Monday, April 11, 2016

Selection Committees: Lessons Learned

My first experience with selection committees was as a member of BFYA 2014. For those not familiar with BFYA, it is a YALSA list put out annually that features fiction books "recommended for ages 12-18, meet the criteria of both good quality literature and appealing reading for teens". I had no idea what I was getting in to!

I've always considered myself a voracious reader but I can honestly say that I have never read so many books in a year as I did that first year on BFYA. The official nomination list came in at 175 titles with a final list of 98 titles. But that number does not include all the books that I read but didn't nominate. Adding in the books I read but did not nominate, I probably finished around 200 titles in 2013. My second year on BFYA brought only 113 official nominations and a final list of 58 titles. Next I served on Quick Picks for Reluctant Young Adult Readers, which is a completely different beast than BFYA. The charge of Quick Picks is to suggest titles "that teens, ages 12-18, will pick up on their own and read for pleasure". For the 2016 List we had 181 nominations with 67 final titles and 2 series.

Lessons Learned:
Be prepared to read more than you ever have before!
If you are serving on a selection committee you are likely to read a minimum of 150 books in a year. Remember - you must read every nomination and you will be reading non-nominated books looking for titles to nominate. You won't have time to read non-nominated titles for a majority of the year. You won't have time to stay current on your favorite television shows. You may have to be "rude" and have your nose in a book during family holidays since voting meetings occur in January/February at ALA Midwinter.

Stay on top of nominations.
Stop and read titles as they are nominated by other committee members. Try to have all titles that are nominated before ALA Annual read by the time your committee meets at Annual. It is good practice to alternate between reading a nomination and then a potential nomination. Nothing is more frustrating at the end of a long year of reading than to have a book you really want on a list fall short because some committee members weren't able to read that title.

Take notes!
You need to be able to discuss - in detail - titles that you read nine months and dozens of books ago. Take detailed notes so that you remember characters, plots, and your pros and cons of each title. There are multiple ways of doing this but if you would like a copy of my notes template email me and I'll send you a copy.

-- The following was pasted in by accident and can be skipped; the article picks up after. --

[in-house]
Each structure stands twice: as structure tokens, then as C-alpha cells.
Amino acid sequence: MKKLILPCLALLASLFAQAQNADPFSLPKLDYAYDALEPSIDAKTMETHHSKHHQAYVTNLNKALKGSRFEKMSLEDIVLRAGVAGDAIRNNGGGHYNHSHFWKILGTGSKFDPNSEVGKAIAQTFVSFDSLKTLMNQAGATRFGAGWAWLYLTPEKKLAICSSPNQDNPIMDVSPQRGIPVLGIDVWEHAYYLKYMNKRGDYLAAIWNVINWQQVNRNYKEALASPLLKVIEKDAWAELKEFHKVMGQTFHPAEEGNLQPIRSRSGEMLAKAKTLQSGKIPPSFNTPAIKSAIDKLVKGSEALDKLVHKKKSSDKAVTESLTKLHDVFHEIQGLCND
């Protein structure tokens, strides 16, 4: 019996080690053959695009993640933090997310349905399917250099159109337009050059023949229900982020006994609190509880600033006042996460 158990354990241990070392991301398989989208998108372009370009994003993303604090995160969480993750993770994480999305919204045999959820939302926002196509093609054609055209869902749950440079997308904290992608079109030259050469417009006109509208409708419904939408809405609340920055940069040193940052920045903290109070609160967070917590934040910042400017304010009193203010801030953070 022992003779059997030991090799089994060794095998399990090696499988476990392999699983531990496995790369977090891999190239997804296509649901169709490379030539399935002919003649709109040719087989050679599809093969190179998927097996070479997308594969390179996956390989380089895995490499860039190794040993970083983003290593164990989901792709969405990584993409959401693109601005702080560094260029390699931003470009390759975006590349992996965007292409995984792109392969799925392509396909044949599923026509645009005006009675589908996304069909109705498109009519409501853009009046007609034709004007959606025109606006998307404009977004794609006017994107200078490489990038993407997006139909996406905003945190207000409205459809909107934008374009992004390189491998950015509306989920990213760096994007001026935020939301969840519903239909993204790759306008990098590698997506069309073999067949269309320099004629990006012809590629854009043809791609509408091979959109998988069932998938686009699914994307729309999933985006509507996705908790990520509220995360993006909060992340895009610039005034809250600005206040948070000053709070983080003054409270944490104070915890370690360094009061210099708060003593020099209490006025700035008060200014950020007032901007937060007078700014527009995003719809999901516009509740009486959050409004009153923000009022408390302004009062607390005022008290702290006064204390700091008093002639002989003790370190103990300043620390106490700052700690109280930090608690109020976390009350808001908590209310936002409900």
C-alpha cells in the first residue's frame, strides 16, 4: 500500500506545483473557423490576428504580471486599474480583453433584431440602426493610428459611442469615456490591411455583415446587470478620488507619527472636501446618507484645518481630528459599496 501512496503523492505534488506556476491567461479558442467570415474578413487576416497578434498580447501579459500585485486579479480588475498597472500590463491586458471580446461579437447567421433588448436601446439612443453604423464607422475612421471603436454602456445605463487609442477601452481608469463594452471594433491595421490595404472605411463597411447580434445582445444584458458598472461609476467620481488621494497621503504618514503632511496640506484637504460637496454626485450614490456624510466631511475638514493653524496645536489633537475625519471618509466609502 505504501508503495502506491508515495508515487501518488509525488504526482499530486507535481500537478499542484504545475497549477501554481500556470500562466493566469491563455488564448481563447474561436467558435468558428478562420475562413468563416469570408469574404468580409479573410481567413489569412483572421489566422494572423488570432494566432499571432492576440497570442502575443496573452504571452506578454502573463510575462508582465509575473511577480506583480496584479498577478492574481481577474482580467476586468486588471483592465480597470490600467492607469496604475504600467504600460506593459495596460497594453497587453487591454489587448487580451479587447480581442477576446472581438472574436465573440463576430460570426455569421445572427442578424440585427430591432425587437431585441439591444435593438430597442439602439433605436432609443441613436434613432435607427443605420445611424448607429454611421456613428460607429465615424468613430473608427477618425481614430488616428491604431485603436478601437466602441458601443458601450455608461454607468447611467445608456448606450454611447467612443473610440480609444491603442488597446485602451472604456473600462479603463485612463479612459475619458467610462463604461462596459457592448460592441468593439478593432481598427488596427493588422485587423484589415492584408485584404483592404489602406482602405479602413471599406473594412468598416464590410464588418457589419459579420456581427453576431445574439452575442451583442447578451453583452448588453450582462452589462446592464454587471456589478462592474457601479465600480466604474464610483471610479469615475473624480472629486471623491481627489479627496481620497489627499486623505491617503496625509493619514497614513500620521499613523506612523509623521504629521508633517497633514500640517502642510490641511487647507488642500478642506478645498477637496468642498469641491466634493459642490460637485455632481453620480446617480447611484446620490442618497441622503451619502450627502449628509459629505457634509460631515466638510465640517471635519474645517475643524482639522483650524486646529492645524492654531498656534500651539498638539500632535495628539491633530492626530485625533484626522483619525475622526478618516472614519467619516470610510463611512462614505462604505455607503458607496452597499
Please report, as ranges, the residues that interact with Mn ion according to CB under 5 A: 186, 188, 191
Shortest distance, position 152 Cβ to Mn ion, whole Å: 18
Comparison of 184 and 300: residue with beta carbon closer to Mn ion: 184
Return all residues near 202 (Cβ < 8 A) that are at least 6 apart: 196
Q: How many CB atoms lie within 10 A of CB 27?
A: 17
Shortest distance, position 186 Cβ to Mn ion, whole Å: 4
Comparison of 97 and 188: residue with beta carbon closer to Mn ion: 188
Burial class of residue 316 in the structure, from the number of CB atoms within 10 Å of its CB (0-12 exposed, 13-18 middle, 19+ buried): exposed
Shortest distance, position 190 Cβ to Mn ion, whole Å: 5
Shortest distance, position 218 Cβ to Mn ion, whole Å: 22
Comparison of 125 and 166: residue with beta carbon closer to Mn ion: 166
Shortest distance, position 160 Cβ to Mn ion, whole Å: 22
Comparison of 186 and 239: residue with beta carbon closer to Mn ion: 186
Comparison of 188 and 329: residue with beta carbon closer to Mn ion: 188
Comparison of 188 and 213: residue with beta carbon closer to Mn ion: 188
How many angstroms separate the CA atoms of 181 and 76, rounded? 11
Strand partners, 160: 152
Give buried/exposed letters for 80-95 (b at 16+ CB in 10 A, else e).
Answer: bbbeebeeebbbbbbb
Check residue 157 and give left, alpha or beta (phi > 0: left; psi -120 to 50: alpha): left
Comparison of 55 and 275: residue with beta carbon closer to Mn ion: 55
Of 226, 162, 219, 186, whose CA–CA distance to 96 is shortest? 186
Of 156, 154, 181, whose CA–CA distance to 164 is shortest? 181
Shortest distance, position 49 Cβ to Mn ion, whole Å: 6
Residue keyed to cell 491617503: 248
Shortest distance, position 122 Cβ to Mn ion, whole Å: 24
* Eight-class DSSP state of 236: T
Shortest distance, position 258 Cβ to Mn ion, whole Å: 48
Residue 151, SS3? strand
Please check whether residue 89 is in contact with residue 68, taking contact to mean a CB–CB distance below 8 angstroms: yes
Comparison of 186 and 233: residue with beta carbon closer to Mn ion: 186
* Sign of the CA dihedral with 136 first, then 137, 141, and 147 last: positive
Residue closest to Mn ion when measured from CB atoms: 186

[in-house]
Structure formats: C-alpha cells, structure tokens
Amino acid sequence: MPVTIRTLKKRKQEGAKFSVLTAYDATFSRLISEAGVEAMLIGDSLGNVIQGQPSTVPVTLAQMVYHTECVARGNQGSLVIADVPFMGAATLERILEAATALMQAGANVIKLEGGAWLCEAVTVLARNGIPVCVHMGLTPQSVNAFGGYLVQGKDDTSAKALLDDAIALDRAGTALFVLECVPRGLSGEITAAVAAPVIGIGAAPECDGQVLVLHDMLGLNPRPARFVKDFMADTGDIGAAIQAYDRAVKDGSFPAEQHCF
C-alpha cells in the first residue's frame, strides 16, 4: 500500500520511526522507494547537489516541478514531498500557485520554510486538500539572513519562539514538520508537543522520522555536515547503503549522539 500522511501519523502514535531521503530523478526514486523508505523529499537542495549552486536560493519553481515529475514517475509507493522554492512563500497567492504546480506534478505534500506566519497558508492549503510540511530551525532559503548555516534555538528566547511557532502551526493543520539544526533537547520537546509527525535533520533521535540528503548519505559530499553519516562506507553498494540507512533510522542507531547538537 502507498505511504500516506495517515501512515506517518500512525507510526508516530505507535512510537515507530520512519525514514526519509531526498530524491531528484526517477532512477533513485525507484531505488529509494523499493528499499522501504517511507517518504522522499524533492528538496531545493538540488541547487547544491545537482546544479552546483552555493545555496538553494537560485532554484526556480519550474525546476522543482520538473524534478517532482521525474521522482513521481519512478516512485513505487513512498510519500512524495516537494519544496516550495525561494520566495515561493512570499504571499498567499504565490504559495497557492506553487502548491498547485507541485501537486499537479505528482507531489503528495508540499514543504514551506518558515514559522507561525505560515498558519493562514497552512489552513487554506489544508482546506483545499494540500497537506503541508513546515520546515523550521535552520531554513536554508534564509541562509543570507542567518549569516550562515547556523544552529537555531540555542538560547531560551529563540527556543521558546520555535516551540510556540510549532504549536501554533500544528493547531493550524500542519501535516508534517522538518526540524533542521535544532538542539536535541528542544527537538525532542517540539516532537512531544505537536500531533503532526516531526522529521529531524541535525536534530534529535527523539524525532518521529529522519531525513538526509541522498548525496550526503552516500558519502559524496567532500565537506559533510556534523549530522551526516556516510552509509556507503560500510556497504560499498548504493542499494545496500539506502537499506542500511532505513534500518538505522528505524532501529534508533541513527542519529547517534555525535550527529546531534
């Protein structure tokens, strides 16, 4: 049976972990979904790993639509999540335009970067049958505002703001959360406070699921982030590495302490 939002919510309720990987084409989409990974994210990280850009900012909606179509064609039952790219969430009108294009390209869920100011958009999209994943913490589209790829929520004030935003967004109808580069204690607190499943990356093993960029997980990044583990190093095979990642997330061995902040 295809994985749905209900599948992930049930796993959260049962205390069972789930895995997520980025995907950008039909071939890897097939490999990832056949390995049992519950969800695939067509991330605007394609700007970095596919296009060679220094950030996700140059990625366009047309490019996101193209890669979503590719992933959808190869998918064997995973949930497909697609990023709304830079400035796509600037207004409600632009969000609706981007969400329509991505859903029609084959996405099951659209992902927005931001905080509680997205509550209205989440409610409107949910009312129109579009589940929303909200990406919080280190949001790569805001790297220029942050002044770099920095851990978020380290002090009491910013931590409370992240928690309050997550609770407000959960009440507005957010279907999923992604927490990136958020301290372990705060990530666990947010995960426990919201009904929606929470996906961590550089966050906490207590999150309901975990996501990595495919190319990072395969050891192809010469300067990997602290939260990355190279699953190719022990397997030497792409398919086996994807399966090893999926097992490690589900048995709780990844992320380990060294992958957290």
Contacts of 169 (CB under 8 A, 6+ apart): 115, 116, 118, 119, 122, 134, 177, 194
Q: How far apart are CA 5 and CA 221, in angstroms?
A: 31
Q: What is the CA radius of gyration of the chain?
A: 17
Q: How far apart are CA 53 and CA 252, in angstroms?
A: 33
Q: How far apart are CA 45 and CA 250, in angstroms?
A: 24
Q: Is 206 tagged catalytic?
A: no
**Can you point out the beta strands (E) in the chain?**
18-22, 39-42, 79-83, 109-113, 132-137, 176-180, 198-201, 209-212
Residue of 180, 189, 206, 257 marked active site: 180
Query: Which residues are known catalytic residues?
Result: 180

Prepare for the final reading sprint.
You will likely need to build time into your schedule for the final reading sprint to finish all nominated titles. (Especially if you are procrastinator like me.) For the last two years of committee work I planned to use a few days vacation in January that were dedicated to finishing nominations. During these days I was often reading 3-4 titles a day. (I don't recommend this as it leads to extreme eye strain!)

Participate in the discussions and get teen feedback!
Don't be afraid to express your opinion about a title. The people serving on these committees are bibliophiles just like you and generous discussion leads to a much better final list. Each of the committees listed above consider teen appeal/interest as part of their selection criteria, so make sure to ask your teens what their thoughts are on current teen titles.

Network with your fellow committee members.
Committee work is a great place to meet people from around the country and is a phenomenal way to network. Participate in online discussions, get their contact information and keep in touch. You'll make friends and colleges and you never know where those relationships can lead.

Make space for all the books!
Each year that I've served on one of these committees I've received over 500 books from publishers hoping that their titles will be nominated. I highly recommend creating an inventory of the titles you receive and setting aside substantial shelf space in advance.  You may also want to invest in a collapsable dolly for transporting all the packages if they are not delivered directly to your front door.

Selection Committee work is a lot of work but it is also a lot of fun and I highly recommend participation. There are opportunities at both state and national levels, so check out your options and look into volunteer opportunities.

Best Fiction for Young Adults (BFYA) - 2013 & 2014
Quick Picks for Reluctant Young Adult Readers (Quick Picks) - 2015